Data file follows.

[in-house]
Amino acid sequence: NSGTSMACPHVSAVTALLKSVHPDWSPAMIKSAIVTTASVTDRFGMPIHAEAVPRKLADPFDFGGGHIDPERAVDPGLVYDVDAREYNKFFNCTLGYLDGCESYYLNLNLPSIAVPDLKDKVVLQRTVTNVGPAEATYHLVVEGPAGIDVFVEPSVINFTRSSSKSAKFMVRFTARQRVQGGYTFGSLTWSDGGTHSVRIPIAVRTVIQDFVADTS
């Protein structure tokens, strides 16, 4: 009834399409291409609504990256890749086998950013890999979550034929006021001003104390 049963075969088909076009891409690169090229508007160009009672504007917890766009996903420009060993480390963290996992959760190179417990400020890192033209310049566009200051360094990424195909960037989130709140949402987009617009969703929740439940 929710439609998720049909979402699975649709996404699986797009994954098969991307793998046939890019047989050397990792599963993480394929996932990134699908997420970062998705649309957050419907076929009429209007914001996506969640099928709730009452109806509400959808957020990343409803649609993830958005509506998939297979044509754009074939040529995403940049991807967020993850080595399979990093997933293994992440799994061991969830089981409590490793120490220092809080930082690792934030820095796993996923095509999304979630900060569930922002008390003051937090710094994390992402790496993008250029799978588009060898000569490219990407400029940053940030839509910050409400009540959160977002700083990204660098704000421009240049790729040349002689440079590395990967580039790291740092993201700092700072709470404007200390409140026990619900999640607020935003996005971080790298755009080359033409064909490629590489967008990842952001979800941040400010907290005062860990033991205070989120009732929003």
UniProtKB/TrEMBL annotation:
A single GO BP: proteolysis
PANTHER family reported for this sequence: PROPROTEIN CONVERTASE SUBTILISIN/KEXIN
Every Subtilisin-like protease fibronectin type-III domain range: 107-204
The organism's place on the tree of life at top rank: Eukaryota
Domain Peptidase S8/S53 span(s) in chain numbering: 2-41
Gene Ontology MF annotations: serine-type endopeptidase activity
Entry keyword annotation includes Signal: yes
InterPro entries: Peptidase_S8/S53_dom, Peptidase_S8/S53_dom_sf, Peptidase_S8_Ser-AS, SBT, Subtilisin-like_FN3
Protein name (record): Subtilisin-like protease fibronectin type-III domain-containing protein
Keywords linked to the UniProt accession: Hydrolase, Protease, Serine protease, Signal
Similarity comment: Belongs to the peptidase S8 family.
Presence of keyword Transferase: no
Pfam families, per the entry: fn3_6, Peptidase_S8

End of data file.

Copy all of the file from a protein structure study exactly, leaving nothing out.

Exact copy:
[in-house]
Amino acid sequence: NSGTSMACPHVSAVTALLKSVHPDWSPAMIKSAIVTTASVTDRFGMPIHAEAVPRKLADPFDFGGGHIDPERAVDPGLVYDVDAREYNKFFNCTLGYLDGCESYYLNLNLPSIAVPDLKDKVVLQRTVTNVGPAEATYHLVVEGPAGIDVFVEPSVINFTRSSSKSAKFMVRFTARQRVQGGYTFGSLTWSDGGTHSVRIPIAVRTVIQDFVADTS
């Protein structure tokens, strides 16, 4: 009834399409291409609504990256890749086998950013890999979550034929006021001003104390 049963075969088909076009891409690169090229508007160009009672504007917890766009996903420009060993480390963290996992959760190179417990400020890192033209310049566009200051360094990424195909960037989130709140949402987009617009969703929740439940 929710439609998720049909979402699975649709996404699986797009994954098969991307793998046939890019047989050397990792599963993480394929996932990134699908997420970062998705649309957050419907076929009429209007914001996506969640099928709730009452109806509400959808957020990343409803649609993830958005509506998939297979044509754009074939040529995403940049991807967020993850080595399979990093997933293994992440799994061991969830089981409590490793120490220092809080930082690792934030820095796993996923095509999304979630900060569930922002008390003051937090710094994390992402790496993008250029799978588009060898000569490219990407400029940053940030839509910050409400009540959160977002700083990204660098704000421009240049790729040349002689440079590395990967580039790291740092993201700092700072709470404007200390409140026990619900999640607020935003996005971080790298755009080359033409064909490629590489967008990842952001979800941040400010907290005062860990033991205070989120009732929003």
UniProtKB/TrEMBL annotation:
A single GO BP: proteolysis
PANTHER family reported for this sequence: PROPROTEIN CONVERTASE SUBTILISIN/KEXIN
Every Subtilisin-like protease fibronectin type-III domain range: 107-204
The organism's place on the tree of life at top rank: Eukaryota
Domain Peptidase S8/S53 span(s) in chain numbering: 2-41
Gene Ontology MF annotations: serine-type endopeptidase activity
Entry keyword annotation includes Signal: yes
InterPro entries: Peptidase_S8/S53_dom, Peptidase_S8/S53_dom_sf, Peptidase_S8_Ser-AS, SBT, Subtilisin-like_FN3
Protein name (record): Subtilisin-like protease fibronectin type-III domain-containing protein
Keywords linked to the UniProt accession: Hydrolase, Protease, Serine protease, Signal
Similarity comment: Belongs to the peptidase S8 family.
Presence of keyword Transferase: no
Pfam families, per the entry: fn3_6, Peptidase_S8